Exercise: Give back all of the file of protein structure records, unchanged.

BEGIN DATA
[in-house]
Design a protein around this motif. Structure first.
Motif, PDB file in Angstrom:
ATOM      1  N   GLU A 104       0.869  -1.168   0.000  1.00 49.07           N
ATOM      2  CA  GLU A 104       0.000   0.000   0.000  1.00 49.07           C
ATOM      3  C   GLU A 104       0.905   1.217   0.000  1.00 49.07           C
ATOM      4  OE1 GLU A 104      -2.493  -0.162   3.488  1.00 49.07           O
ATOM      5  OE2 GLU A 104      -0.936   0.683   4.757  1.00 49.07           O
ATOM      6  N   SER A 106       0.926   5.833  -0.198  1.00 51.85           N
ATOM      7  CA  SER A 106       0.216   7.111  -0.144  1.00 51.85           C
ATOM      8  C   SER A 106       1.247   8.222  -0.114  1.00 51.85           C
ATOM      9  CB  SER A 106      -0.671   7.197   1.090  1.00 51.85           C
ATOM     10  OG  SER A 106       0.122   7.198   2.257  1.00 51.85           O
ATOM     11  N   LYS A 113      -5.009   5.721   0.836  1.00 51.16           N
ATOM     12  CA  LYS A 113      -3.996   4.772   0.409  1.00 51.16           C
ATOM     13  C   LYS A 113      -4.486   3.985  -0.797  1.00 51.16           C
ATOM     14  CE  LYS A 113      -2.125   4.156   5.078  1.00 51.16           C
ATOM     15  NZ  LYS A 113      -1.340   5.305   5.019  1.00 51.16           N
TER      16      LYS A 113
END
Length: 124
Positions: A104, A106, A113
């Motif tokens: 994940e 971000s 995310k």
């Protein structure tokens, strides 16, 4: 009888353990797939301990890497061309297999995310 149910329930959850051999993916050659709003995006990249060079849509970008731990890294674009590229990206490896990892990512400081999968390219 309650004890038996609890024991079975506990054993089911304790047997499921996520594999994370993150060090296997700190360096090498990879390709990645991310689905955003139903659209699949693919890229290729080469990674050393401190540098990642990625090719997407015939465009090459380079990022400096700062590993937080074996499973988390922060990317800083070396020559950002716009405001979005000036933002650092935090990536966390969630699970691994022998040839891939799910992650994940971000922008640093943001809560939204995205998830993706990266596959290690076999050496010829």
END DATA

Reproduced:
[in-house]
Design a protein around this motif. Structure first.
Motif, PDB file in Angstrom:
ATOM      1  N   GLU A 104       0.869  -1.168   0.000  1.00 49.07           N
ATOM      2  CA  GLU A 104       0.000   0.000   0.000  1.00 49.07           C
ATOM      3  C   GLU A 104       0.905   1.217   0.000  1.00 49.07           C
ATOM      4  OE1 GLU A 104      -2.493  -0.162   3.488  1.00 49.07           O
ATOM      5  OE2 GLU A 104      -0.936   0.683   4.757  1.00 49.07           O
ATOM      6  N   SER A 106       0.926   5.833  -0.198  1.00 51.85           N
ATOM      7  CA  SER A 106       0.216   7.111  -0.144  1.00 51.85           C
ATOM      8  C   SER A 106       1.247   8.222  -0.114  1.00 51.85           C
ATOM      9  CB  SER A 106      -0.671   7.197   1.090  1.00 51.85           C
ATOM     10  OG  SER A 106       0.122   7.198   2.257  1.00 51.85           O
ATOM     11  N   LYS A 113      -5.009   5.721   0.836  1.00 51.16           N
ATOM     12  CA  LYS A 113      -3.996   4.772   0.409  1.00 51.16           C
ATOM     13  C   LYS A 113      -4.486   3.985  -0.797  1.00 51.16           C
ATOM     14  CE  LYS A 113      -2.125   4.156   5.078  1.00 51.16           C
ATOM     15  NZ  LYS A 113      -1.340   5.305   5.019  1.00 51.16           N
TER      16      LYS A 113
END
Length: 124
Positions: A104, A106, A113
């Motif tokens: 994940e 971000s 995310k």
């Protein structure tokens, strides 16, 4: 009888353990797939301990890497061309297999995310 149910329930959850051999993916050659709003995006990249060079849509970008731990890294674009590229990206490896990892990512400081999968390219 309650004890038996609890024991079975506990054993089911304790047997499921996520594999994370993150060090296997700190360096090498990879390709990645991310689905955003139903659209699949693919890229290729080469990674050393401190540098990642990625090719997407015939465009090459380079990022400096700062590993937080074996499973988390922060990317800083070396020559950002716009405001979005000036933002650092935090990536966390969630699970691994022998040839891939799910992650994940971000922008640093943001809560939204995205998830993706990266596959290690076999050496010829």